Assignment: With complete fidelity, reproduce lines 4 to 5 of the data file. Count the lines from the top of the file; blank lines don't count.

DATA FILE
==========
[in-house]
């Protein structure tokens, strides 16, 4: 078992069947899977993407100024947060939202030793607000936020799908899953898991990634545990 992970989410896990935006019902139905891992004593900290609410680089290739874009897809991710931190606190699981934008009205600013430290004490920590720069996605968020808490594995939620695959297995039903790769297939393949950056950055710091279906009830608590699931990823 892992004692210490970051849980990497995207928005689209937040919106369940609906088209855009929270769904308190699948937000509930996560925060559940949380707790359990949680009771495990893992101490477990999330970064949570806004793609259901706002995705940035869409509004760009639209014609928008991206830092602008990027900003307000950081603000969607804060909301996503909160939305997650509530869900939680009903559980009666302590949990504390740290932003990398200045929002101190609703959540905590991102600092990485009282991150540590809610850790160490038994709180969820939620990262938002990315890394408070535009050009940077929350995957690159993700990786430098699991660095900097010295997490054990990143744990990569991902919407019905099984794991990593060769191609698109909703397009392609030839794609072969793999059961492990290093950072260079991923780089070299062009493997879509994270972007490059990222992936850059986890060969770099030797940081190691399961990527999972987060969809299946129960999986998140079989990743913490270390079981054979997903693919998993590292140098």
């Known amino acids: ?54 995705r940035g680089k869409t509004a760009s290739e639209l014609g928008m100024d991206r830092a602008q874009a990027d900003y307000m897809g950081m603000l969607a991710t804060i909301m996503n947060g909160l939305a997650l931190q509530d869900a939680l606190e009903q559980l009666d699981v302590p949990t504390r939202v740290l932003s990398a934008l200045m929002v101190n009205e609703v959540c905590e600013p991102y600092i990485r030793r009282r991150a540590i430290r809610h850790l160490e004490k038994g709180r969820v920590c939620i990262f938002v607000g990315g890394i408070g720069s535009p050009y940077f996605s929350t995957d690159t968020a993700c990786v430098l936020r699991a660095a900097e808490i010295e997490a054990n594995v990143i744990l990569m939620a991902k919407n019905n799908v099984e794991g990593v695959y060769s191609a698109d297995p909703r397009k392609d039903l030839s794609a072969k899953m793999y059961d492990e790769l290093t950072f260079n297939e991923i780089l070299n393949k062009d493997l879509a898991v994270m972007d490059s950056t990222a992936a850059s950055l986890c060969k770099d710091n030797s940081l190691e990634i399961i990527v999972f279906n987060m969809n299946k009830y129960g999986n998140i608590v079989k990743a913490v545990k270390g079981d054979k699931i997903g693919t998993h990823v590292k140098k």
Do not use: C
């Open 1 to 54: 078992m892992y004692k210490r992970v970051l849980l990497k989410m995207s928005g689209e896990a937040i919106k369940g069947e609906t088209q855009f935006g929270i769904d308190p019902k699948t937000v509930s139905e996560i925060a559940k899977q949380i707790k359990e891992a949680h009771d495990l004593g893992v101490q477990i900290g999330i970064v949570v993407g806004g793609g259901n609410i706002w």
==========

Do not use: C
């Open 1 to 54: 078992m892992y004692k210490r992970v970051l849980l990497k989410m995207s928005g689209e896990a937040i919106k369940g069947e609906t088209q855009f935006g929270i769904d308190p019902k699948t937000v509930s139905e996560i925060a559940k899977q949380i707790k359990e891992a949680h009771d495990l004593g893992v101490q477990i900290g999330i970064v949570v993407g806004g793609g259901n609410i706002w």